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Raffles’ Little Child
The Accidental Nation
Lion City, Asian Tiger
The written history of Singapore dates back to the third century. Later, the Kingdom of Singapura rose in importance during the 14th century under the rule of Srivijayan prince Parameswara and Singapore became an important port, until it was destroyed by Acehnese raiders in 1613. The modern history of Singapore began in 1819 when Englishman Sir Stamford Raffles established a British port on the island. Under British colonial rule, Singapore grew in importance as a centre for both the India-China trade and the entrepôt trade in Southeast Asia, rapidly becoming a major port city.
During World War II, Singapore was conquered and occupied by the Japanese Empire from 1942 to 1945. When the war ended, Singapore reverted to British control, with increasing levels of self-government being granted, culminating in Singapore’s merger with the Federation of Malaya to form Malaysia in 1963. However, social unrest and disputes between Singapore’s ruling People’s Action Party and Malaysia’s Alliance Party resulted in Singapore’s separation from Malaysia. Singapore became an independent republic on 9 August 1965.
Facing severe unemployment and a housing crisis, Singapore embarked on a modernization programme beginning in the late 1960s through the 1970s that focused on establishing a manufacturing industry, developing large public housing estates and investing heavily on public education. Since independence, Singapore’s economy has grown by an average of nine percent each year. By the 1990s, the country had become one of the world’s most prosperous nations, with a highly developed free market economy, strong international trading links, and the highest per capita gross domestic product in Asia outside of Japan.
Between the 16th and 19th centuries, the Malay Archipelago was gradually taken over by the European colonial powers, beginning with the arrival of the Portuguese at Malacca in 1509. The early dominance of the Portuguese was challenged during the 17th century by the Dutch, who came to control most of the ports in the region. The Dutch established a monopoly over trade within the archipelago, particularly in spices, then the region’s most important product. Other colonial powers, including the British, were limited to a relatively minor presence.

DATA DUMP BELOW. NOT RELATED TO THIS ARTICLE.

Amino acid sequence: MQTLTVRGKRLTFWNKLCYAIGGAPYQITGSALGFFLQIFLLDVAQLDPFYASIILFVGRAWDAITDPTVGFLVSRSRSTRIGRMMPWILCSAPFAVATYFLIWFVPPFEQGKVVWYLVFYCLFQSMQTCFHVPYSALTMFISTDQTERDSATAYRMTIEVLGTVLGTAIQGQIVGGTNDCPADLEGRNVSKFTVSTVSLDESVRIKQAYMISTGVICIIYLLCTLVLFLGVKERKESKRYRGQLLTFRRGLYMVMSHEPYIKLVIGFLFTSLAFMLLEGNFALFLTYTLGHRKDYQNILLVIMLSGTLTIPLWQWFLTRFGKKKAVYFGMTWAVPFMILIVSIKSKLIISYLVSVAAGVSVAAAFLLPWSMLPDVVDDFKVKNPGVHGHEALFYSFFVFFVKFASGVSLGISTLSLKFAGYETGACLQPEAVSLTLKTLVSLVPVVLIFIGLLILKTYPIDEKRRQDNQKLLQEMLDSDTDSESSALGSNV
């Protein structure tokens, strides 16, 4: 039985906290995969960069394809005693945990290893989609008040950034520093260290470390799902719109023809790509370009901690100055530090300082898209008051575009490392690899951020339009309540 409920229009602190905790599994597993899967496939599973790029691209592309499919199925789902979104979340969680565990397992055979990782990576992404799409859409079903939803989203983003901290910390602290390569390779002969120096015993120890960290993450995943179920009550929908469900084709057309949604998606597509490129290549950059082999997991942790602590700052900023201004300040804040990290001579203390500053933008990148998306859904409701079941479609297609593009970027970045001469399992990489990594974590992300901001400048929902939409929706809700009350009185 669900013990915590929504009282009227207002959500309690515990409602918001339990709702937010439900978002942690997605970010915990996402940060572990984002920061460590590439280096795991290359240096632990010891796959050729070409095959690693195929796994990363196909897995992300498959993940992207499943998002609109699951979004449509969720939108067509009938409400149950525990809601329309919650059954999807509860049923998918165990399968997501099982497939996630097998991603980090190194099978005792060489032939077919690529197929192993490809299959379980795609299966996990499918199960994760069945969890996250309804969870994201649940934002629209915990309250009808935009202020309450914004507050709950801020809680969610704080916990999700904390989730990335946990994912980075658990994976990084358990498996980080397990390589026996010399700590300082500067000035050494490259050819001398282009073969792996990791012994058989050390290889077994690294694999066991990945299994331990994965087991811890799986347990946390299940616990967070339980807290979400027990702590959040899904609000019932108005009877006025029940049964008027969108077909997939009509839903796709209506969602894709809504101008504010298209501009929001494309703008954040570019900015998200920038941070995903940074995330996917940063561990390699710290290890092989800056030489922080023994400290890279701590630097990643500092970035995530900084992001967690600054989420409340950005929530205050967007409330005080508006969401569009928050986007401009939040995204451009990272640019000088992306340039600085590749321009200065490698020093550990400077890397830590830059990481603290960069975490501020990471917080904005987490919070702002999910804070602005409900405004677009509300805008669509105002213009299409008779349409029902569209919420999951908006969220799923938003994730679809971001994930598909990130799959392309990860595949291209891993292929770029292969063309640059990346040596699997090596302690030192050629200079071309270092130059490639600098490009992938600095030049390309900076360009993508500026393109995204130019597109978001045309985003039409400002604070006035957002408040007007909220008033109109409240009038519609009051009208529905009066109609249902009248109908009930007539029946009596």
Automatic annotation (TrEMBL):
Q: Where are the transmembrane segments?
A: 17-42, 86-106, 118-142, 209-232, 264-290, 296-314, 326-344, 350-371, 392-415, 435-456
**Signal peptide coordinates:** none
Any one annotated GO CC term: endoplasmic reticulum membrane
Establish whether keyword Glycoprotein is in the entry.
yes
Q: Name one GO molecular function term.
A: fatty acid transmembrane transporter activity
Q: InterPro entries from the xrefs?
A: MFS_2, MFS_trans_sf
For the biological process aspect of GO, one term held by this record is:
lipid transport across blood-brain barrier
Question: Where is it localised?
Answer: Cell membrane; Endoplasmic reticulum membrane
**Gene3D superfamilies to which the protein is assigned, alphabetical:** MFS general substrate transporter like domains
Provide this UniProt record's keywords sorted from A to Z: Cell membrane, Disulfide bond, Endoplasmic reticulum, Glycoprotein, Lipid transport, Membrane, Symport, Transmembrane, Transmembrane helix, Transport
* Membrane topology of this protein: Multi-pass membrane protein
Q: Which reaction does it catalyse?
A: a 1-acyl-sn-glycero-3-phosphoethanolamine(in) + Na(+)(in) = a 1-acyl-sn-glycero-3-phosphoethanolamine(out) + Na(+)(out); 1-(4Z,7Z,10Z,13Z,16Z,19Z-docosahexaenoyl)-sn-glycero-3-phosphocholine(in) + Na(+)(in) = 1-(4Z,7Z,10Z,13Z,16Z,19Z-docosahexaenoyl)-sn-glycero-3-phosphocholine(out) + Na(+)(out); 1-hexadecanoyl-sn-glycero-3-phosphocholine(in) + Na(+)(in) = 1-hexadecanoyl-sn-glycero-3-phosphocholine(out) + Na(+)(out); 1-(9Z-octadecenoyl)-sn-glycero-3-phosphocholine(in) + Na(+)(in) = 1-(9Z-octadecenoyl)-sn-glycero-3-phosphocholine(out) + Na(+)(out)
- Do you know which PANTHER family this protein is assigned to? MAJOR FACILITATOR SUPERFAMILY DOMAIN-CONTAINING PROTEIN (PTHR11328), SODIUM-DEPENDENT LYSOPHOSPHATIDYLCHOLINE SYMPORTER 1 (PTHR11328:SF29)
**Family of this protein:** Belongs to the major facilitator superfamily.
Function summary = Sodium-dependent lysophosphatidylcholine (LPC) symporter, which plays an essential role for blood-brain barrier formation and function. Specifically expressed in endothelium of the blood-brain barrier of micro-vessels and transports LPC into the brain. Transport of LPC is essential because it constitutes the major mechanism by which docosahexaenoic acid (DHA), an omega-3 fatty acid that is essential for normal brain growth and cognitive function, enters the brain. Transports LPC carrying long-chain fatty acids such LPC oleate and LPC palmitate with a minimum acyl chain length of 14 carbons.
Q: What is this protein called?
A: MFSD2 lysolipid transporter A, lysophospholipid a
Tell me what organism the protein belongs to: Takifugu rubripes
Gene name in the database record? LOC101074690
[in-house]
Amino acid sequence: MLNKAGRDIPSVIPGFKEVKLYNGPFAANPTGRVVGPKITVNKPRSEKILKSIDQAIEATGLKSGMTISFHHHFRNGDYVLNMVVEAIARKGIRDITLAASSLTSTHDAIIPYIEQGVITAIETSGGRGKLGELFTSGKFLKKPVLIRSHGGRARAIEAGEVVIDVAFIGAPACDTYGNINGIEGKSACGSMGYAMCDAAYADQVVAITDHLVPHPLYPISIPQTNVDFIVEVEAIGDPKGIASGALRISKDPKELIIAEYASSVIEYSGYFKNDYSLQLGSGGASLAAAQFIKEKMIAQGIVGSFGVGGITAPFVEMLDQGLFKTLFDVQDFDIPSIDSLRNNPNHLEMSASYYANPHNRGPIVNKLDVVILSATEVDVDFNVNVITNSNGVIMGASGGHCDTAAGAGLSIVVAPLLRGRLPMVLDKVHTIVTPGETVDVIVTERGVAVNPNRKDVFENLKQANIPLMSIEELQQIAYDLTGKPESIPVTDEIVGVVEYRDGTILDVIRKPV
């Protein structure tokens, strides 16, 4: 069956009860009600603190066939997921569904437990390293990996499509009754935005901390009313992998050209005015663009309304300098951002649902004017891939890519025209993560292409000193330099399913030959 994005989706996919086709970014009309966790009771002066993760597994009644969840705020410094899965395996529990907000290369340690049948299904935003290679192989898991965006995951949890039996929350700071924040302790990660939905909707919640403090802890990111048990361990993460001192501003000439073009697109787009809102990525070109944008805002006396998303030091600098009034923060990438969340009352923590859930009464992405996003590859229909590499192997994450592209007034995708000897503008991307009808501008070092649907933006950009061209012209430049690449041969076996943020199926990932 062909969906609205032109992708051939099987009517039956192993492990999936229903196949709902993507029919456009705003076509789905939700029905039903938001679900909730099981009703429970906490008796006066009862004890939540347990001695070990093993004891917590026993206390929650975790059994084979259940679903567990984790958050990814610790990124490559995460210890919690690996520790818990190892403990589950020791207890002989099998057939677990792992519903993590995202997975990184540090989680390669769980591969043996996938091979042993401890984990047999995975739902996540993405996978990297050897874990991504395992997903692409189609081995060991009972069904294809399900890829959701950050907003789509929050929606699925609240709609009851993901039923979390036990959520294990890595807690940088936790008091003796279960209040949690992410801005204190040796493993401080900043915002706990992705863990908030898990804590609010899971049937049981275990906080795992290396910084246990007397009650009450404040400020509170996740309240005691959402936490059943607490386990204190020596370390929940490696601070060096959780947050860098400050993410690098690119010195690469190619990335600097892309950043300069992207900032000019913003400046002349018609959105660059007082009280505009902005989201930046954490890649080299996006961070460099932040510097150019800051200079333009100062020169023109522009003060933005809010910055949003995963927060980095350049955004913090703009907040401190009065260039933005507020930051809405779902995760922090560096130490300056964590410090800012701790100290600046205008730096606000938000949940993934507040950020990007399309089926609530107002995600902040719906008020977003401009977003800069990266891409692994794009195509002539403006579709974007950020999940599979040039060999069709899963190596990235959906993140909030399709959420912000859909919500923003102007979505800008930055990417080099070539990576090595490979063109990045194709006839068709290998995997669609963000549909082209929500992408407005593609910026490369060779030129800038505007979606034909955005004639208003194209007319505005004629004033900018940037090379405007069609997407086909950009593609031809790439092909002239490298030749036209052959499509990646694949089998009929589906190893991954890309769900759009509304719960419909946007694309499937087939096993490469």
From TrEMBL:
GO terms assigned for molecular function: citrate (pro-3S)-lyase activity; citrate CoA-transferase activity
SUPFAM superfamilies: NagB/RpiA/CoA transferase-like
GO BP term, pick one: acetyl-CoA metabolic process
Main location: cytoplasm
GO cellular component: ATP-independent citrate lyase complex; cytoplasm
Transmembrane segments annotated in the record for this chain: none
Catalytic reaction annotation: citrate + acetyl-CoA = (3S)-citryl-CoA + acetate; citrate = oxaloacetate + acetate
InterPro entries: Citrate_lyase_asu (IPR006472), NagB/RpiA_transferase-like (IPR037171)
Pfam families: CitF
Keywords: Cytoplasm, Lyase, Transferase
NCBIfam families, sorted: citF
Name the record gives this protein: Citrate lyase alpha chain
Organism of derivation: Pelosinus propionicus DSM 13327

In 1818, Sir Stamford Raffles was appointed as the Lieutenant Governor of the British colony at Bencoolen. He was determined that Great Britain should replace the Netherlands as the dominant power in the archipelago, since the trade route between China and British India, which had become vitally important with the institution of the opium trade with China, passed through the archipelago. The Dutch had been stifling British trade in the region by prohibiting the British from operating in Dutch-controlled ports or by subjecting them to a high tariff. Raffles hoped to challenge the Dutch by establishing a new port along the Straits of Malacca, the main ship passageway for the India-China trade. He convinced Lord Hastings, the Governor-General of India and his superior at the British East India Company, to fund an expedition to seek a new British base in the region.
Before Raffles arrived, there were around 1,000 people living in Singapore, mostly Malays and a few dozen Chinese. By 1869, due to migration from Malaya and other parts of Asia, Singapore’s population had reached 100,000. Many Chinese and Indian immigrants came to Singapore to work in the rubber plantations and tin mines, and their descendents later formed the bulk of Singapore’s population.
From a humble beginning to a booming trading post: it is a story of how Singapore went through turbulent years and emerged a modern, cosmopolitan city state. Discovery Channel’s “History of Singapore” will piece together the dynamics of the Singapore identity. Footages never seen before and interviews with key figures like Minister Mentor Lee Kuan Yew –
The Japanese surrendered to the British at the end of World War Two in a room in City Hall. And in 1965, Singapore’s first Prime Minister Lee Kuan Yew was also sworn in there at the City Hall chamber. So it was a fitting venue to launch the new documentary series. From Singapore’s beginnings as a mangrove swamp to the Asian economic metropolis it is today, the history of Singapore over the past two centuries is showcased to viewers in a three-hour special. Besides rare historical footage such as the first known map of Singapore after Raffles landed, the documentary also has real-life re-enactments. There will also be interviews with key historical figures recounting turning points in Singapore’s past.